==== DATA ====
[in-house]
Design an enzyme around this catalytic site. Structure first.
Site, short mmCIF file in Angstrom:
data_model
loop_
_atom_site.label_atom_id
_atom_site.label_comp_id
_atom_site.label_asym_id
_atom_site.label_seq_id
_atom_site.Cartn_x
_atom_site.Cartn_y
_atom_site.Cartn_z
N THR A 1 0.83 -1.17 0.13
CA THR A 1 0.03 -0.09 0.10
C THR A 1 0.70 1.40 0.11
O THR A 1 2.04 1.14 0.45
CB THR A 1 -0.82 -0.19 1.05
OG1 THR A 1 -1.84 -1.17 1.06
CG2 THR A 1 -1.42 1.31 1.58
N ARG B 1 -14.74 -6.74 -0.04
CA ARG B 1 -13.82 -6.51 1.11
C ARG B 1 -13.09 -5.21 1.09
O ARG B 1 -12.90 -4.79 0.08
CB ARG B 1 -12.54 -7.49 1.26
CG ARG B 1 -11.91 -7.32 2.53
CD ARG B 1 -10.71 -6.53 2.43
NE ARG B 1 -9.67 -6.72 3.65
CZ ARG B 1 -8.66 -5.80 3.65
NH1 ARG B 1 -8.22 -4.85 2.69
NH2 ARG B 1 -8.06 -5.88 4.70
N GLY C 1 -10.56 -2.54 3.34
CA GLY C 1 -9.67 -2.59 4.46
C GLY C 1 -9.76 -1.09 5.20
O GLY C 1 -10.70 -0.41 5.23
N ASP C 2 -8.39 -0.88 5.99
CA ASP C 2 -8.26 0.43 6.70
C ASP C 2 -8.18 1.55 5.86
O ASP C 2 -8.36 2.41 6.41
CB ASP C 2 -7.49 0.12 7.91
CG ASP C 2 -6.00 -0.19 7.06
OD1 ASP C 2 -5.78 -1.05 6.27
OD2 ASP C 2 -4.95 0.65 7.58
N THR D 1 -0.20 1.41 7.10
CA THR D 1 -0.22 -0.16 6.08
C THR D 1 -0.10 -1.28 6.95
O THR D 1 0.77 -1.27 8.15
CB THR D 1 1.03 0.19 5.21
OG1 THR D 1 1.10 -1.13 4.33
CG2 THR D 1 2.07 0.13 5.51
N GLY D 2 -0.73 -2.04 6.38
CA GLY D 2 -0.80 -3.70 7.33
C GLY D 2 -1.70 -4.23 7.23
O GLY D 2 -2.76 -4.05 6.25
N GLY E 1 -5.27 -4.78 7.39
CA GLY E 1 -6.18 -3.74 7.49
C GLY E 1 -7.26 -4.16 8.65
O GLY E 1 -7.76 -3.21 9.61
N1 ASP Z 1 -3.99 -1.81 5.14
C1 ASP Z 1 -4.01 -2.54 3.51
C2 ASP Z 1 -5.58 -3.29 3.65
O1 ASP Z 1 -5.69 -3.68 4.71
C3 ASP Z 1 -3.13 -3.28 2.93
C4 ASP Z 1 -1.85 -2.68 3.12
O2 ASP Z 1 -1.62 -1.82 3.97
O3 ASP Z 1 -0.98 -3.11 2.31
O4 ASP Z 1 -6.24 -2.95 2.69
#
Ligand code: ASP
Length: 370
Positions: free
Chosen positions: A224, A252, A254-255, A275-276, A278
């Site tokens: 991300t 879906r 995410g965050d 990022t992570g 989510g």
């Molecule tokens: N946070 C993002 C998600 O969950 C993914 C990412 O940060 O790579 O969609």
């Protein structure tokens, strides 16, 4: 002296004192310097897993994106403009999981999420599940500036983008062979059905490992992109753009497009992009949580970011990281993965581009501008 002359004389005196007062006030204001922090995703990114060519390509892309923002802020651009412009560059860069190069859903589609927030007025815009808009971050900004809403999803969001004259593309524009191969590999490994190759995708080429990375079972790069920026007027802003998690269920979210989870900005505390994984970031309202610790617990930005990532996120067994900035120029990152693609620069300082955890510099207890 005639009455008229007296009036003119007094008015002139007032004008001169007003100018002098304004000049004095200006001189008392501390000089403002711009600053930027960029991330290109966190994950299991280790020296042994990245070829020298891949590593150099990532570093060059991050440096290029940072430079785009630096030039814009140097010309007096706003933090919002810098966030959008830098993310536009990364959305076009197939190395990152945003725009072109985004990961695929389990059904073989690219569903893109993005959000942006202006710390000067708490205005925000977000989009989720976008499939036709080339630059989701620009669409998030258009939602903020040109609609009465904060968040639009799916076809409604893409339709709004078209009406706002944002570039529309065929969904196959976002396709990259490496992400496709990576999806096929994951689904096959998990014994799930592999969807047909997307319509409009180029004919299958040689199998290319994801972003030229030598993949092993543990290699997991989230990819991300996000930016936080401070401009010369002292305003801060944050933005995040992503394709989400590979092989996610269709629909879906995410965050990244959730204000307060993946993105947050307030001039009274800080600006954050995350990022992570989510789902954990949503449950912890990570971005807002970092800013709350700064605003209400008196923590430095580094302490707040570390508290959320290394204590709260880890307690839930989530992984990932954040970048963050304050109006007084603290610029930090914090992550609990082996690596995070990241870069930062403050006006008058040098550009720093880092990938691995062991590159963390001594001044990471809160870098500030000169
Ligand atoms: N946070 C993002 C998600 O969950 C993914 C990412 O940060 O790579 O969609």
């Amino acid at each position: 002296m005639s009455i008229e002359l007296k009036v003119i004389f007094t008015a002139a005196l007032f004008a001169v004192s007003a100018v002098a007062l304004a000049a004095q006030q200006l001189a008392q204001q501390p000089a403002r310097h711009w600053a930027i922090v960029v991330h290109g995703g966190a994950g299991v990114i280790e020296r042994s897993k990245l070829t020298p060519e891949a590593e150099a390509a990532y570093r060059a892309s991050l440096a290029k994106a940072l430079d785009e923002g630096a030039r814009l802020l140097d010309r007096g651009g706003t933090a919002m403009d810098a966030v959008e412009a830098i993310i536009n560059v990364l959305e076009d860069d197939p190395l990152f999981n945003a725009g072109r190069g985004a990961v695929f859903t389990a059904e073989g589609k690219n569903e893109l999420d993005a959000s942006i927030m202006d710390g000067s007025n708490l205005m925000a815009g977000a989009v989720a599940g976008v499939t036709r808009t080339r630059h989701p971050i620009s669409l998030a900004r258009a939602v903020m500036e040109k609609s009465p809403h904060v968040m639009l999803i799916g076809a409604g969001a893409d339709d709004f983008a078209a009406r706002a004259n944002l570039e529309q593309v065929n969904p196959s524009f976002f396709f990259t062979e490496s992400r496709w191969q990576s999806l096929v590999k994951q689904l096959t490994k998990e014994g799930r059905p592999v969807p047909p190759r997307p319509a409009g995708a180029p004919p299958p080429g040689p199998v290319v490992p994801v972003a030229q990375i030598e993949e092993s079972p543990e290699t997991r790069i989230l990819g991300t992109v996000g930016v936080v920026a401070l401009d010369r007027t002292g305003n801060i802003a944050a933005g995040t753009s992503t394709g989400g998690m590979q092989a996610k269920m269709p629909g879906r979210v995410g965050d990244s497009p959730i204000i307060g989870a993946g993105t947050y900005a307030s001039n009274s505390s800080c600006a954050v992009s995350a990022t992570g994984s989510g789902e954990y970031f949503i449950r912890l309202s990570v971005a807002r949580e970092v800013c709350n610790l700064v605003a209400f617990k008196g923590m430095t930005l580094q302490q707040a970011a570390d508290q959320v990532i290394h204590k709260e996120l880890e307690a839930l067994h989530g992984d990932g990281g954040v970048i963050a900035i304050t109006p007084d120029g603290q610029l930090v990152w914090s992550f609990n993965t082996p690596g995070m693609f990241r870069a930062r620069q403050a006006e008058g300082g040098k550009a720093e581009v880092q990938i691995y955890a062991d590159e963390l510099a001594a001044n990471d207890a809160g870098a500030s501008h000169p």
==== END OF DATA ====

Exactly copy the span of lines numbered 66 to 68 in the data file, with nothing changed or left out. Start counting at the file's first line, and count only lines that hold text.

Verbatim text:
O4 ASP Z 1 -6.24 -2.95 2.69
#
Ligand code: ASP